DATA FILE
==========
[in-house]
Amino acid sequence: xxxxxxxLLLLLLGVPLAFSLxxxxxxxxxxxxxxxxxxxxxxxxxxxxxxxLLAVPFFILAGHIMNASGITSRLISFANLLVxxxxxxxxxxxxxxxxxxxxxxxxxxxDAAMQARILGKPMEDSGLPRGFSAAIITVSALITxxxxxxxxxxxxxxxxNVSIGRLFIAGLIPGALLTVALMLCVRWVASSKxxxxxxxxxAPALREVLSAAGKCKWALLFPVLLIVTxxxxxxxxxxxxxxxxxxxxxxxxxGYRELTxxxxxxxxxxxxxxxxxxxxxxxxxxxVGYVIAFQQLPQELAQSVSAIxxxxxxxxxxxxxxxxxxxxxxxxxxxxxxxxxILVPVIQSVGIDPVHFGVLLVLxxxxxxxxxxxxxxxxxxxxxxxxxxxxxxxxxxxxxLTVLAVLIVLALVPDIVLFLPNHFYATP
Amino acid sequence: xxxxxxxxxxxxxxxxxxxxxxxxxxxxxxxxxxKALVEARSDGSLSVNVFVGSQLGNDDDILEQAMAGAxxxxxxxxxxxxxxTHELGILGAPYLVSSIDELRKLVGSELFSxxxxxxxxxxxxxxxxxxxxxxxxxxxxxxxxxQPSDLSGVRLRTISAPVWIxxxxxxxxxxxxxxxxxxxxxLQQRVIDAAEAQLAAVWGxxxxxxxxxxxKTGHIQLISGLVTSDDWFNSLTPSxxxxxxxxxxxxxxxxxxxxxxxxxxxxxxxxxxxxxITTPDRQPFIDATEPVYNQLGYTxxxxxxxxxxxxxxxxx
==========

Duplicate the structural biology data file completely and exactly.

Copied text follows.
[in-house]
Amino acid sequence: xxxxxxxLLLLLLGVPLAFSLxxxxxxxxxxxxxxxxxxxxxxxxxxxxxxxLLAVPFFILAGHIMNASGITSRLISFANLLVxxxxxxxxxxxxxxxxxxxxxxxxxxxDAAMQARILGKPMEDSGLPRGFSAAIITVSALITxxxxxxxxxxxxxxxxNVSIGRLFIAGLIPGALLTVALMLCVRWVASSKxxxxxxxxxAPALREVLSAAGKCKWALLFPVLLIVTxxxxxxxxxxxxxxxxxxxxxxxxxGYRELTxxxxxxxxxxxxxxxxxxxxxxxxxxxVGYVIAFQQLPQELAQSVSAIxxxxxxxxxxxxxxxxxxxxxxxxxxxxxxxxxILVPVIQSVGIDPVHFGVLLVLxxxxxxxxxxxxxxxxxxxxxxxxxxxxxxxxxxxxxLTVLAVLIVLALVPDIVLFLPNHFYATP
Amino acid sequence: xxxxxxxxxxxxxxxxxxxxxxxxxxxxxxxxxxKALVEARSDGSLSVNVFVGSQLGNDDDILEQAMAGAxxxxxxxxxxxxxxTHELGILGAPYLVSSIDELRKLVGSELFSxxxxxxxxxxxxxxxxxxxxxxxxxxxxxxxxxQPSDLSGVRLRTISAPVWIxxxxxxxxxxxxxxxxxxxxxLQQRVIDAAEAQLAAVWGxxxxxxxxxxxKTGHIQLISGLVTSDDWFNSLTPSxxxxxxxxxxxxxxxxxxxxxxxxxxxxxxxxxxxxxITTPDRQPFIDATEPVYNQLGYTxxxxxxxxxxxxxxxxx